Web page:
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Category:  General History
Published:  January, 2007

Street Names Ė Part II

By Al Owens
The completion of the National Road in the early nineteenth century meant Uniontown, Pennsylvania was a nice place for notables to stopover or pass through on their way east or west. In some cases, there are streets named after those notables. While some of them have not been memorialized with streets named after them.
There is a Lincoln Street, a Grant Street, a Roosevelt Drive (although despite a visit to Uniontown by Teddy Roosevelt in the early 1990ís, Iím not sure that street was named for him), a Washington Street, and a McKinley Street in and around Uniontown. All of those streets were most likely named in honor of U.S. Presidents.
But Andrew Jackson, Martin Van Buren, James Monroe, William Henry Harrison, James K. Polk, John Tyler, John Quincy Adams were all presidents who were known to have been visitors to Uniontown, but none of them (as far as I know) have streets named in their honor. Much of this information Iíve found in James Haddenís 1913 book A History of Uniontown: The County Seat of Uniontown, Pennsylvania. Iíve drawn some conclusions that donít appear in that book. Iím basing some of this on plain old common sense.

I found many prominent names from centuries past that have a familiar ring to them today: R.D. Warman Ė Member of the bar. James G. Johnston, Rice G. Hopwood, E.P. and S.G. Hopwood, Peter Hook, Henry Farwell, Charles Hagan a confectioner in 1905. In 1900, some guy named Isaac N. Hagan bought a three story brick building just off what would later become Beeson Boulevard. Iíd be willing to bet you an ice cream sundae that thatís what became Hagan Ice Cream.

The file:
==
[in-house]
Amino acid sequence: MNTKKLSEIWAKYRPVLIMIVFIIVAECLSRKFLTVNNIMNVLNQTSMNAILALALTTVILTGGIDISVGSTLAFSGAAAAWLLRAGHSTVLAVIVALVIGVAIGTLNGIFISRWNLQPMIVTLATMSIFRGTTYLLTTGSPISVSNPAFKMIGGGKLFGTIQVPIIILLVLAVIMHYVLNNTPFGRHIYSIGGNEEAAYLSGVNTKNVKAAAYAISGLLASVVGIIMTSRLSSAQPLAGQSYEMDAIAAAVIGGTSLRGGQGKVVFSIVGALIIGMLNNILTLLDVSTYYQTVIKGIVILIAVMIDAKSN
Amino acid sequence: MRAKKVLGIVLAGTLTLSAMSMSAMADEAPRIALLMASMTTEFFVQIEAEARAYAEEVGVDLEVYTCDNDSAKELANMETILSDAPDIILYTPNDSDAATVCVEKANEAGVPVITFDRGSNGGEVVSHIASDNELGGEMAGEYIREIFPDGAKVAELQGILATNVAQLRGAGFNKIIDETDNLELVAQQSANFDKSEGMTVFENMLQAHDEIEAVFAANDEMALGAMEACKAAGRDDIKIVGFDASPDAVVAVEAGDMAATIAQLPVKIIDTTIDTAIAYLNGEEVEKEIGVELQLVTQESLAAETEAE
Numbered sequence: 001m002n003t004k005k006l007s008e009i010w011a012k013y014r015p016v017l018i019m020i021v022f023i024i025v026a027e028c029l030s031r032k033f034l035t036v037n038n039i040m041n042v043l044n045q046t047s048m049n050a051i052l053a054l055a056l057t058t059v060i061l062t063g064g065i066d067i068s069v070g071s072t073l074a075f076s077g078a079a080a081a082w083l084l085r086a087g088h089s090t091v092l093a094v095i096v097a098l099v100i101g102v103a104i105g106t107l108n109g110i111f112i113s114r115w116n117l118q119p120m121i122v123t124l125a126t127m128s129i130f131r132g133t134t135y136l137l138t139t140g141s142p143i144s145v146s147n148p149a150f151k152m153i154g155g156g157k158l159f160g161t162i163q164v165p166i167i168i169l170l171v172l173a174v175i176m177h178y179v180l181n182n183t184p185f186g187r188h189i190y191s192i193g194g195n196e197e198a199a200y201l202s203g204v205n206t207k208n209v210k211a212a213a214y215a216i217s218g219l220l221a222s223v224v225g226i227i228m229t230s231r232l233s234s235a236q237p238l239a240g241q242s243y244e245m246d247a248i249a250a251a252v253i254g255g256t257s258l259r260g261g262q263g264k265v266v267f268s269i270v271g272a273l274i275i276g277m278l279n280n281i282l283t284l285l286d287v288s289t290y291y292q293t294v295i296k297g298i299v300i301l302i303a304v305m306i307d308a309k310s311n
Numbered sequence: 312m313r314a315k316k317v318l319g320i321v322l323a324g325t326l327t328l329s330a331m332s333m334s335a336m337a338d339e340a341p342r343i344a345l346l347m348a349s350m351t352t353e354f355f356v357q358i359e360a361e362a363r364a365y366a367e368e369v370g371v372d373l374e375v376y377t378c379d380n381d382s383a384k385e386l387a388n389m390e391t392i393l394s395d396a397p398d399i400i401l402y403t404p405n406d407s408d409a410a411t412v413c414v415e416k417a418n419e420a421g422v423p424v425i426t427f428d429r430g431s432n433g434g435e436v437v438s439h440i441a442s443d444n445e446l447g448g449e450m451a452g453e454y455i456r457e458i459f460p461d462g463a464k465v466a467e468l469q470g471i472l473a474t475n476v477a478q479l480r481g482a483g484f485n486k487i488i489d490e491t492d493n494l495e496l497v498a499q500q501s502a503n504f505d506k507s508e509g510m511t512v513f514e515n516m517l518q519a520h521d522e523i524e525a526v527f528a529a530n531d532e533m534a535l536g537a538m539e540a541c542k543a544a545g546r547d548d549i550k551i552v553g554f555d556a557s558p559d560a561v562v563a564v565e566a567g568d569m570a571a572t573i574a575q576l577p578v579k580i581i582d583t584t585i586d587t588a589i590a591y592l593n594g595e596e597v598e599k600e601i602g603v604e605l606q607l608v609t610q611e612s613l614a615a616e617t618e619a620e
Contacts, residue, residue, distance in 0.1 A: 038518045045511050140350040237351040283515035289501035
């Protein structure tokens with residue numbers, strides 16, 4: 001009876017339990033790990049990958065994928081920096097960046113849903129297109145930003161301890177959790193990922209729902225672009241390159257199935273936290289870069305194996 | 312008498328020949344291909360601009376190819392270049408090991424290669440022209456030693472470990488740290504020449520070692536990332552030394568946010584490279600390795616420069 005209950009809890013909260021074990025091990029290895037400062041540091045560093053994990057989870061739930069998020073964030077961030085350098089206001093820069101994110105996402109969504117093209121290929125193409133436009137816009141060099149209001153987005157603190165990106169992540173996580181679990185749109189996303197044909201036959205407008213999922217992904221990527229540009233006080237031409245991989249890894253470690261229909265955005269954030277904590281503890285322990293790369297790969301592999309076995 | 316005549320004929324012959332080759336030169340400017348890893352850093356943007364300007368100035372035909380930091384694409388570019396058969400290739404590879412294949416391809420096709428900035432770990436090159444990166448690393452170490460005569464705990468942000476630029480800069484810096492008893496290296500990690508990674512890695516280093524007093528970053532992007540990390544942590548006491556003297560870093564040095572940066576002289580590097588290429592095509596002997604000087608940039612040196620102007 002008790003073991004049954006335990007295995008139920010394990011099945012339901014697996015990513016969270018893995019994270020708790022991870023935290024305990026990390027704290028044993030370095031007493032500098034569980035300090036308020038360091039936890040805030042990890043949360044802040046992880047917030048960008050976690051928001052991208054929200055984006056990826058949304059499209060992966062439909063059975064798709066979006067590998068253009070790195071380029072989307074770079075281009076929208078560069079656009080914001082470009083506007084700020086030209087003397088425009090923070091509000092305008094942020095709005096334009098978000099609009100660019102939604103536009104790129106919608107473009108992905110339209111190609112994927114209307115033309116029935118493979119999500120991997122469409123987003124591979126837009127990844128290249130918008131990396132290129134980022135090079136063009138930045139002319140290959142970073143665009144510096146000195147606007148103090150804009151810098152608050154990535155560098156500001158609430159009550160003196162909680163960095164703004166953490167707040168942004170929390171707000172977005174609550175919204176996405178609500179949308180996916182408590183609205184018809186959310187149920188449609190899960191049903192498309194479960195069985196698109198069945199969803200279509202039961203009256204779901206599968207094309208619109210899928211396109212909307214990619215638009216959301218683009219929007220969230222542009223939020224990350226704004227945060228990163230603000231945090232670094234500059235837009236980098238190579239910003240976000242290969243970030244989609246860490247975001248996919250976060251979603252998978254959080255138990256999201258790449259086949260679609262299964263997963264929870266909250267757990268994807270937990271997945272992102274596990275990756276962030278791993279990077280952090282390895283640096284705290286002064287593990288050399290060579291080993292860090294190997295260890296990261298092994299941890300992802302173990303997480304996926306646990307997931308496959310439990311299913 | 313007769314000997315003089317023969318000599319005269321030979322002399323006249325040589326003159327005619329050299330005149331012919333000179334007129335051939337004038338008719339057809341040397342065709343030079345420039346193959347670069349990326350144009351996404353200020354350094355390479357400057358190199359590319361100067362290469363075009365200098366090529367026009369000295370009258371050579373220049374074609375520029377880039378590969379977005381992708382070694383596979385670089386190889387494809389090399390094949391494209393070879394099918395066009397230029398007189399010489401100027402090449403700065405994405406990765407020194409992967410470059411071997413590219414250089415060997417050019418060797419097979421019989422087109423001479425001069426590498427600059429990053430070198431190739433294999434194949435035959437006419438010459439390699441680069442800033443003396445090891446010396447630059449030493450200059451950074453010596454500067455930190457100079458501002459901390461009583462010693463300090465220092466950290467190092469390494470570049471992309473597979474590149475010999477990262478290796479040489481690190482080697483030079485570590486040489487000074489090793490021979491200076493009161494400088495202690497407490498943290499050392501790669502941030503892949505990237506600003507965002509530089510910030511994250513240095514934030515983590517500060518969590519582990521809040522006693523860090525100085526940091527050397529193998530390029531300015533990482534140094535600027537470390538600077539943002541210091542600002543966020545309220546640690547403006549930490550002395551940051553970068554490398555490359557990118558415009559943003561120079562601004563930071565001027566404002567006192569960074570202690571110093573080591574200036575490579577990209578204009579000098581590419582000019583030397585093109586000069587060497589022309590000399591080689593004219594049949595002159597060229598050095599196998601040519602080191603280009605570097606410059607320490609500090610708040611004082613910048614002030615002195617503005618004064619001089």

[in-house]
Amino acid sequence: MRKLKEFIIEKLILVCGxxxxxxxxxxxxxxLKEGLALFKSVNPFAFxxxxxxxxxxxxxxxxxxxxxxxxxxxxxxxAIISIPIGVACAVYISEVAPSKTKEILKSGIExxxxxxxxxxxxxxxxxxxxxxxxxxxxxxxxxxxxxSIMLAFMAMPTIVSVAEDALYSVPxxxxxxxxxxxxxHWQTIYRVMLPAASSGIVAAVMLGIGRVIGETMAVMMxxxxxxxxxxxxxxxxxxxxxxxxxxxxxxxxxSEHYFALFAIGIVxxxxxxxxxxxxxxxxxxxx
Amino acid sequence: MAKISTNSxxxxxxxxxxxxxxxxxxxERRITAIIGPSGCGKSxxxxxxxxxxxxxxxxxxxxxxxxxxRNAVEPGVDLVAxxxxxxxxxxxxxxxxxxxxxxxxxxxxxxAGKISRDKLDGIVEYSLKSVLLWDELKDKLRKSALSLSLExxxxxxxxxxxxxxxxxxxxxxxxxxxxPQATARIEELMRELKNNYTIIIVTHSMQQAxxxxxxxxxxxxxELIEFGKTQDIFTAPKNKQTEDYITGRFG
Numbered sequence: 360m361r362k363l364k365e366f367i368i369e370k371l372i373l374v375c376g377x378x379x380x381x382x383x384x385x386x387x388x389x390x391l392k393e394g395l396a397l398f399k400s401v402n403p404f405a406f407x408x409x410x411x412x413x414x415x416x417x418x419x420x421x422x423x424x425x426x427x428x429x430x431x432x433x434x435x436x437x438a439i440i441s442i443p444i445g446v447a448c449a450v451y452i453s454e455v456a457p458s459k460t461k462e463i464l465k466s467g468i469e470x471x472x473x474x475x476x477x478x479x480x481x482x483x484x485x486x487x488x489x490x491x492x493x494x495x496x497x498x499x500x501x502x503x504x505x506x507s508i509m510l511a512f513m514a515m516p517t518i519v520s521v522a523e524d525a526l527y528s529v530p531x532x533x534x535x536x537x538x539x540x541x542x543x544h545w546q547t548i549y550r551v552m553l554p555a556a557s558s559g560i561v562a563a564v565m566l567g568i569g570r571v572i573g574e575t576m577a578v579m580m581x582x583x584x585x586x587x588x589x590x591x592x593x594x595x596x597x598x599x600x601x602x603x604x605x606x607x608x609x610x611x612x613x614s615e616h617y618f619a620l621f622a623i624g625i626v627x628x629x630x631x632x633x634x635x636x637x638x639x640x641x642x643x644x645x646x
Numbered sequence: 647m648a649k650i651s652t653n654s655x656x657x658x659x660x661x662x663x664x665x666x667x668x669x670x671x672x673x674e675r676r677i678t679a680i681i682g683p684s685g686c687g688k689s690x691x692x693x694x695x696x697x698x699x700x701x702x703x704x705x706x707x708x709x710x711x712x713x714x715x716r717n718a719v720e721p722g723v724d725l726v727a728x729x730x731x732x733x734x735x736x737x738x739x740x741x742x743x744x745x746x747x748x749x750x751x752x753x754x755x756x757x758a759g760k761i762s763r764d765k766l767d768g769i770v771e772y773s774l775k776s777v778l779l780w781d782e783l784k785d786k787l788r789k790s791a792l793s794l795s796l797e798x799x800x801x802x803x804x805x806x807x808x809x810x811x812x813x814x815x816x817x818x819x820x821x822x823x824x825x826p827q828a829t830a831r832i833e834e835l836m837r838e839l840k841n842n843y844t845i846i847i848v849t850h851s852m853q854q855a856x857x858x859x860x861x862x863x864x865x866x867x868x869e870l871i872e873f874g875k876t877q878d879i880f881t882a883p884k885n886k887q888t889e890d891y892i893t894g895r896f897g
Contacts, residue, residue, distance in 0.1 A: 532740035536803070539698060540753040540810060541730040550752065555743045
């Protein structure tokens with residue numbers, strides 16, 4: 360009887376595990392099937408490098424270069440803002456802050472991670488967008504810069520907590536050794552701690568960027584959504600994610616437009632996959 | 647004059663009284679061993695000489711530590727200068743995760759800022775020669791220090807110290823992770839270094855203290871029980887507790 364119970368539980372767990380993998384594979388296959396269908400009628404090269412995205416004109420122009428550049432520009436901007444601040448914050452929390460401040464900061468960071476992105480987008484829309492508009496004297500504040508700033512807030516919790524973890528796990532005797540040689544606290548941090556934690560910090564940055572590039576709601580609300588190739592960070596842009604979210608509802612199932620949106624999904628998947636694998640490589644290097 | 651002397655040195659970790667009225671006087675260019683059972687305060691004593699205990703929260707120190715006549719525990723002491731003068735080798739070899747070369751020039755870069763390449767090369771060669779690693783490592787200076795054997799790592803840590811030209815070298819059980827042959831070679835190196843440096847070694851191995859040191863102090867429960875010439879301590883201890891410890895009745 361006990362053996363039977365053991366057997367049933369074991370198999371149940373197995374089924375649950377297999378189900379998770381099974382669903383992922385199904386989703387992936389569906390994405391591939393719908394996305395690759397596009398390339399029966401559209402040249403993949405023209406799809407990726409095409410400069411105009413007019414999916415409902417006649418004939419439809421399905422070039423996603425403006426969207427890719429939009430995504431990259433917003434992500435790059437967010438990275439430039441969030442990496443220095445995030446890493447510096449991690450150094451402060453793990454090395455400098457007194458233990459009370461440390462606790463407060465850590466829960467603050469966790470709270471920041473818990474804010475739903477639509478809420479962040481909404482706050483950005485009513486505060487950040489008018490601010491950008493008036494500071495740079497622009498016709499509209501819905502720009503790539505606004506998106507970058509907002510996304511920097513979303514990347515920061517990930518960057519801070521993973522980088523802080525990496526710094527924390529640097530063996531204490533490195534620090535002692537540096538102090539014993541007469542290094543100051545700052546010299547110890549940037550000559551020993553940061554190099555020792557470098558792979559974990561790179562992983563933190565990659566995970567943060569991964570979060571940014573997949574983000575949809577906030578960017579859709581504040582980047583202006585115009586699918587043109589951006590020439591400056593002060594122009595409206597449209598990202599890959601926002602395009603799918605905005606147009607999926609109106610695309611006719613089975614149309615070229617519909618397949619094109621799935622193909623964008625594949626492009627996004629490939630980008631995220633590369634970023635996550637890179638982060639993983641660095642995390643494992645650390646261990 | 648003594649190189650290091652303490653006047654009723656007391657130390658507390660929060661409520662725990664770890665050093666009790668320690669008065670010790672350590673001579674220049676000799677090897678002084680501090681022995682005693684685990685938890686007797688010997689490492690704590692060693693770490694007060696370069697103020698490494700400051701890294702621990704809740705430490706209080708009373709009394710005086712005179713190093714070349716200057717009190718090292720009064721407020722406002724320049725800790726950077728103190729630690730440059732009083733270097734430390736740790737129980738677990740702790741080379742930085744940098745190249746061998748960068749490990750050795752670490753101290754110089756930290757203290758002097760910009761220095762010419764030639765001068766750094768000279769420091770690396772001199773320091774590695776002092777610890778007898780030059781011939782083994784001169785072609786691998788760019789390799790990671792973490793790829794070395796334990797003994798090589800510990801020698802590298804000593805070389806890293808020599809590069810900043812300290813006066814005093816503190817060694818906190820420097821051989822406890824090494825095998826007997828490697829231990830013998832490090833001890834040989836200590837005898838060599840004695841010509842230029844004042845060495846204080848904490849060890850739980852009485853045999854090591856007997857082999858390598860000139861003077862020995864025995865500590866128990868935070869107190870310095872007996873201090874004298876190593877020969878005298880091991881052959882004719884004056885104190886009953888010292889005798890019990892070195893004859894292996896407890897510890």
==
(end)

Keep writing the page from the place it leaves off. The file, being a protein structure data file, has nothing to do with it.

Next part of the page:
In April of 1903, Solomon Cohen, opened a ďfine business propertyĒ in downtown Uniontown.

On the East End of town there are people whose last names match those of some of the people who reside there today. In the 1800ís George Jenkins lived just east of Grant Street; Eli Curry, and there was a man named Wayne Belt, who lived where the old East End school had been. Reverend Thomas Ford built two churches within a block of each other. And Ephraim Palmer was a well known ďcoloredĒ barber.

Back when I was growing up, there was a popular shoe store known as Campbell & Hathaway on Main Street in downtown Uniontown. I had no idea of the origin of that name, until I flipped through Haddenís book. The shoe store was built in 1883, and was run by A.D. Conwell and J.A. Stricker Ė the owner of the building. In 1901, Conwell retired and it became, Strickler, Hathaway and Company. Some time later John M. Campbell was added and the name was changed to The Campbell-Hathaway Company until it closed a number of years ago - despite the fact that Campbell had left the business in 1910.

According to Hadden, when John Hopwood laid out the land that is now known as Hopwood in 1791, he called it Woodstock. Moses Hopwood laid out his area and called it Monroe. It too would become part of Hopwood.

F.W. Oliphant was a prominent ironmaster in Fairchance. Thus the name Oliphant Furnace.

During the early days of Uniontown, the name Brownfield was nearly as prominent as the name Beeson. I found: John, Ewing, William, Thomas, Nathaniel, Elizabeth, Bazil (Basil), Rebecca, Isaac, Jane, W. Watson, Jane, Permelia, E.P., Empson Brownfields throughout the Hadden book. Reverend William Brownfield seems to have been mentioned the most. He owned what Iím thinking may have been the beginnings of Little Brownfield off Morgantown Street in the early 1800ís. Some of that was bought by R. Porter Craig. Iím thinking that may have been the seed of Craig Meadows.

At one time the current Central Administration building for the Uniontown Area School District was known as Ella Peach School. Ella Peach was one of the two teachers when Uniontown opened its first high school back in 1885. She later became the school districtís first female administrator.

Itís always interesting looking back at these things. I wonder just what the Beeson brothers would think if they saw Uniontown today. Iím not the first person to ponder those thoughts. Back in 1912, they held an ďOld Home ComingĒ, celebration that lasted for five days. For that even they wrote a poem that merely questioned the thoughts Henry and Jacob Beeson would have had if theyíd walked through Uniontown in those days.
The founders long have passed away
And many more besides,
Yet some of their descendents still
On the shores of time abide.
And now at this Home Coming Week,
Both Hen and Jake revive,
And stroll the streets of Uniontown,
And great is their surprise.
They wonder at the changes that
Have come to this old town;
They now the strangest sights behold,
And hear the queerest sounds.